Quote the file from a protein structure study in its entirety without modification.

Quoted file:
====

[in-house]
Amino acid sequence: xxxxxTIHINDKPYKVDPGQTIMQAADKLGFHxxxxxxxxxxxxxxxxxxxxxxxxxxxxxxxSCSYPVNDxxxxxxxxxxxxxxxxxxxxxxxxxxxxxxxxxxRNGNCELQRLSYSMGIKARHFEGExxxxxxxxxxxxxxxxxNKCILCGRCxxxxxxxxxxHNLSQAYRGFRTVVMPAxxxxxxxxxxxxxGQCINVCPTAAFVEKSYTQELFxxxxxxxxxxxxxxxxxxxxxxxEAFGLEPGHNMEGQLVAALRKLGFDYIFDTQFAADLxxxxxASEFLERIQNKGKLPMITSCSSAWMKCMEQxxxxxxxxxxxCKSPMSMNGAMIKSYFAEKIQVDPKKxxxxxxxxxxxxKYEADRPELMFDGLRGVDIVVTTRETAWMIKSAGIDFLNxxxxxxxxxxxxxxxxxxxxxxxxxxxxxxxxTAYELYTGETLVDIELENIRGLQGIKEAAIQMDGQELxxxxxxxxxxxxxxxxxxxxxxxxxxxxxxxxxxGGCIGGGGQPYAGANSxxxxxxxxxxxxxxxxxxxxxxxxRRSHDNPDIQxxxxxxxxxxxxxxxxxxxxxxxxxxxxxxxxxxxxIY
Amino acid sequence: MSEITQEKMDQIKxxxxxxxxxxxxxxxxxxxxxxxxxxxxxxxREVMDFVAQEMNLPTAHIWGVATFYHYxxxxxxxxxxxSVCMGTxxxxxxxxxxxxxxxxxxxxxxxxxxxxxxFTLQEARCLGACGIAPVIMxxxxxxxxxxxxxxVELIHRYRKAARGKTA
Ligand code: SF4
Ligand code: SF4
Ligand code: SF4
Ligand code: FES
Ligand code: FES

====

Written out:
[in-house]
Amino acid sequence: xxxxxTIHINDKPYKVDPGQTIMQAADKLGFHxxxxxxxxxxxxxxxxxxxxxxxxxxxxxxxSCSYPVNDxxxxxxxxxxxxxxxxxxxxxxxxxxxxxxxxxxRNGNCELQRLSYSMGIKARHFEGExxxxxxxxxxxxxxxxxNKCILCGRCxxxxxxxxxxHNLSQAYRGFRTVVMPAxxxxxxxxxxxxxGQCINVCPTAAFVEKSYTQELFxxxxxxxxxxxxxxxxxxxxxxxEAFGLEPGHNMEGQLVAALRKLGFDYIFDTQFAADLxxxxxASEFLERIQNKGKLPMITSCSSAWMKCMEQxxxxxxxxxxxCKSPMSMNGAMIKSYFAEKIQVDPKKxxxxxxxxxxxxKYEADRPELMFDGLRGVDIVVTTRETAWMIKSAGIDFLNxxxxxxxxxxxxxxxxxxxxxxxxxxxxxxxxTAYELYTGETLVDIELENIRGLQGIKEAAIQMDGQELxxxxxxxxxxxxxxxxxxxxxxxxxxxxxxxxxxGGCIGGGGQPYAGANSxxxxxxxxxxxxxxxxxxxxxxxxRRSHDNPDIQxxxxxxxxxxxxxxxxxxxxxxxxxxxxxxxxxxxxIY
Amino acid sequence: MSEITQEKMDQIKxxxxxxxxxxxxxxxxxxxxxxxxxxxxxxxREVMDFVAQEMNLPTAHIWGVATFYHYxxxxxxxxxxxSVCMGTxxxxxxxxxxxxxxxxxxxxxxxxxxxxxxFTLQEARCLGACGIAPVIMxxxxxxxxxxxxxxVELIHRYRKAARGKTA
Ligand code: SF4
Ligand code: SF4
Ligand code: SF4
Ligand code: FES
Ligand code: FES